Procrastination: Is My Fear Of Failure Feeding It?
I always thought that my procrastination wasn’t severe. Obviously, I was wrong. Increasingly, however, I’ve been realizing more and more how much easier things would be if I just completed tasks right away, or as soon as possible. Even with this revelation, I haven’t stopped procrastinating.
Whenever I’ve finished the smallest task, I “reward” myself with loads of hours or 1+ days of leisure time, totally ignoring that I have other things to do. Anything from back-to-back shows, the downward spiral of YouTube and other social media, or just plain sleep. I have tried to replace some of these with some good habits like switching out YouTube videos for audiobooks (to satisfy my reading goals for this year). Even then, I’ll take it too far and still ignore other important things because I think I’m doing something practical.
I think when we procrastinate, we’re trying to avoid a few things: the complexity of the task, our lack of confidence in our ability to do it, and/or it not being done right. It does more harm than good to intentionally put off doing something necessary. Over time I’ve become hyper-aware of my affinity for (and somewhat dependency on) procrastination but not enough to stop; almost as if I’ve convinced myself that it is a necessary part of my process.
When I finally took the time to figure out what’s creating this horrible habit, I started to wonder if it was my fear of failure. No matter how passionate I get about a project or prospect, there’s a sliver of doubt that grows exponentially and eventually cancels out all my motivation to do anything; thus, I procrastinate – more so that I can escape the feeling of guilt and inadequacy. I was stopping myself from living the life I really wanted.
Do You Have A Fear Of Failure?
No one likes to fail. Failing kills one’s confidence, motivation, and can eventually take away all desires to succeed. The feeling it evokes in us – anger, disappointment, frustration, regret, and most of all, shame – becomes deterrent over time, causing us to start subconsciously avoiding anything that will induce these feelings.
Here are some things that might be evidence of your fear of failure:
- Failing makes you worry about what others think about you.
- Failing makes you worry about your ability to pursue the future you want.
- You worry about how smart and capable you are.
- You tend to tell people beforehand that you don’t expect to succeed in order to lower their expectations.
- Once you fail at something, you have difficulty imagining what you could have done differently to succeed.
Anything along these lines shows a lack of faith in yourself and how fear of failure can plague your life. As a result, your desire to procrastinate piggybacks off of your fear of failure as a cathartic way to avoid facing that possibility of failure or its consequences. One thing I’ve realized is that we shouldn’t be afraid to fail. Instead, we should put our energy into figuring out why we failed and then do something different.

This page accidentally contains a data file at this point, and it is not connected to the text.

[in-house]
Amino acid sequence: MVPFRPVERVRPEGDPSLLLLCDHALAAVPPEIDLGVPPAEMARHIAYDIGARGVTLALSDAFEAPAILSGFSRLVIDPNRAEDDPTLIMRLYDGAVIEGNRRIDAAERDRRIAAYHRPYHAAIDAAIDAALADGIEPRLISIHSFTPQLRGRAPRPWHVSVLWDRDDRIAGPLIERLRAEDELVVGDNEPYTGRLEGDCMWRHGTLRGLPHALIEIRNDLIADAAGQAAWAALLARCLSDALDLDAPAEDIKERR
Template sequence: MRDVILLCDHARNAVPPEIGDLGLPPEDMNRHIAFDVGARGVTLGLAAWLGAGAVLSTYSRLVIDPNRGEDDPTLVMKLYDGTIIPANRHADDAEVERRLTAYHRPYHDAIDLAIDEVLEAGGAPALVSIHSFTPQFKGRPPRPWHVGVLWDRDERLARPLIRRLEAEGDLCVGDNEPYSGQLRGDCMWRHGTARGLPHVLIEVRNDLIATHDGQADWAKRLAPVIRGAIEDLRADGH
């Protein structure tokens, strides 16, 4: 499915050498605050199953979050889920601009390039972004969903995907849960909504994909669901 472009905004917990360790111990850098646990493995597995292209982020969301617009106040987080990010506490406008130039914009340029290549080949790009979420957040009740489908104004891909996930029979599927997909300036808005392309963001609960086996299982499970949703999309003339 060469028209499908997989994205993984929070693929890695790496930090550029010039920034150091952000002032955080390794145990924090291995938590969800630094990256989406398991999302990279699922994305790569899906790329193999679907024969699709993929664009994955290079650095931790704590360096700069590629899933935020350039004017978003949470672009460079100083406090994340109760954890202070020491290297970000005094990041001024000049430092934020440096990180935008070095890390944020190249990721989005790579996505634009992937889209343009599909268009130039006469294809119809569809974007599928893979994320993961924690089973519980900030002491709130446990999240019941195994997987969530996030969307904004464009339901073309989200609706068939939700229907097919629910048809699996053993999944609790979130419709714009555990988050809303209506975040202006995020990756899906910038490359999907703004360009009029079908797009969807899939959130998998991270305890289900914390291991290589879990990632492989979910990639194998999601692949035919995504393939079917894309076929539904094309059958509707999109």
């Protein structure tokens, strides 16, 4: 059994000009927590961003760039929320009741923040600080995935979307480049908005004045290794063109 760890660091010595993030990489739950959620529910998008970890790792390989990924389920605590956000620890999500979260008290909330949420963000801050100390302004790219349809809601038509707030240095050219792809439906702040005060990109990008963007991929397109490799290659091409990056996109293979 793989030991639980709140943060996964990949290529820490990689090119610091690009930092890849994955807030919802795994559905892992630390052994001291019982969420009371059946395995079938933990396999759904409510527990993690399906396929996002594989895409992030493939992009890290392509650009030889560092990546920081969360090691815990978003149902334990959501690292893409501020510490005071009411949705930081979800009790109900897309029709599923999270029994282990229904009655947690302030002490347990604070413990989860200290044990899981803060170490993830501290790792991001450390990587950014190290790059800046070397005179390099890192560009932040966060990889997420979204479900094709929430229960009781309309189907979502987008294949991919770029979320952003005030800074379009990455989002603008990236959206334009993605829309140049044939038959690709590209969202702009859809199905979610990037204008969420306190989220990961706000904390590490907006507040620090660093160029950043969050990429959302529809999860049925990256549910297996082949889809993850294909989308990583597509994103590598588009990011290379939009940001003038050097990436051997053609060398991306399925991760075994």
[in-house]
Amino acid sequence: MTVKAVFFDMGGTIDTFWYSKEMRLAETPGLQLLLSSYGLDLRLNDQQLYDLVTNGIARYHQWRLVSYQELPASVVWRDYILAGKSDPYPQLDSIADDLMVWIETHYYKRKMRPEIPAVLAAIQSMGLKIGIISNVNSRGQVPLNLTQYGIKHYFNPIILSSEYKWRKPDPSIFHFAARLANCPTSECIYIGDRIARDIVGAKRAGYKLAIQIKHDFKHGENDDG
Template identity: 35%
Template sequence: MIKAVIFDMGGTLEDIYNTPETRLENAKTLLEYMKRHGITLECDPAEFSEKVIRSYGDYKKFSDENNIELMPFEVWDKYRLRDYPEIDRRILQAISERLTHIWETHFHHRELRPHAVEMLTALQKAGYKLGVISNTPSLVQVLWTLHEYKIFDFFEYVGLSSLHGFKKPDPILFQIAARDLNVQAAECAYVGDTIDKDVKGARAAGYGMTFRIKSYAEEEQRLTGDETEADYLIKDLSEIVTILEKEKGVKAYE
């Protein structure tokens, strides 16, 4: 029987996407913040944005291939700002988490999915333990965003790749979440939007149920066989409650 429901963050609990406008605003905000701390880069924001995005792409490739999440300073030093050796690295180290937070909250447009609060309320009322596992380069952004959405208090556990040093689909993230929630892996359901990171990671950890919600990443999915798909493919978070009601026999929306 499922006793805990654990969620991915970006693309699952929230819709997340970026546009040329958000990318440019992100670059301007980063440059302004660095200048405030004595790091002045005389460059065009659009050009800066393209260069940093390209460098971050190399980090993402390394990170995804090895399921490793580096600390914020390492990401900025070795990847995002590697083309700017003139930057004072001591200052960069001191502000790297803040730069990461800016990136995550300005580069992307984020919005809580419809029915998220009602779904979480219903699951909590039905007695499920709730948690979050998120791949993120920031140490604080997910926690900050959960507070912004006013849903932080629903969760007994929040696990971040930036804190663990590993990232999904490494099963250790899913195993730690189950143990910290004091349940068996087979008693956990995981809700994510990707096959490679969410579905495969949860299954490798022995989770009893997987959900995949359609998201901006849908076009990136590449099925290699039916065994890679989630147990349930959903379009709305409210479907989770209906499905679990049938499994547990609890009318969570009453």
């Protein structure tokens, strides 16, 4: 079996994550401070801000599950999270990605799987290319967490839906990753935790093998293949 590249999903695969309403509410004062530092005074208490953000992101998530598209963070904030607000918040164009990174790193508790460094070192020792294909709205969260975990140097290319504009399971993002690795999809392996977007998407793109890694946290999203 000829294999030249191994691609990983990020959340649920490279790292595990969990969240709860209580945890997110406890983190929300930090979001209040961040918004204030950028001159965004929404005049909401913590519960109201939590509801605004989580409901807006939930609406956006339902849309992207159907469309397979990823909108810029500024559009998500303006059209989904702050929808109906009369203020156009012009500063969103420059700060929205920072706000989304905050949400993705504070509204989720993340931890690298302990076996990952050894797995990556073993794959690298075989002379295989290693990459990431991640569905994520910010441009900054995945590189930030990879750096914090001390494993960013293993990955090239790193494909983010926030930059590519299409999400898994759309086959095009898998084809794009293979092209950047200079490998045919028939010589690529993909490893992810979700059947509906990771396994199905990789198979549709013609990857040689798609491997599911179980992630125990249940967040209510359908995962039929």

There Are Surprising Benefits To Failure
There’s a saying that goes: “Success is 99% failure”. I do believe there is truth in that. There are many things you can learn from failing, which will ultimately lead you to find success.
Failure teaches us valuable and priceless lessons. Failure allows you to learn from your mistakes and apply that new knowledge the next time around. Remember, earning what not to do is just as important as learning what to do.
Failure (despite what you think) can be used to motivate. We can use the failed experiences to our advantage. Let it clarify your goals and how you’ll approach them. Let them help you not become complacent. Use failure as a benchmark to make your future actions well-informed and intentional. It is a sure way to stimulate your mind to find more creative and more efficient solutions to your problems. Allow it to propel you to find out your real potential. Make failure the foundation to build all your future successes.
Overcoming The Fear Of Failure And Procrastination
Fear doesn’t have to control us. It doesn’t have to force us away from our responsibilities and dreams. We can overcome this fear. Here’s how:
- When we realize that no “perfect moment” to start or settle down will come, we can start being proactive.
- The act of getting started will dissolve any feelings you have of it not being the right moment.
- Adopt the mentality that it is okay to make mistakes. Despite it being cliche, it is very true. Focus on all the ways your mistake could be fixed versus the mistake itself. Don’t be afraid to utilize failure to find different ways to get your desired results.
- Eliminate distractions as much as possible. Don’t give yourself a reason to lose focus.
- Most tasks or activities can be broken down into smaller, more manageable chunks. It’s okay to make things easier for yourself.
Fear of failure is real and allows you to be thrust into a cycle of procrastination, getting you nowhere in the process. Whenever you feel that gripping feeling that makes you start to lose confidence, remember that you can find a way to buffer your fear of failure and overcome procrastination.
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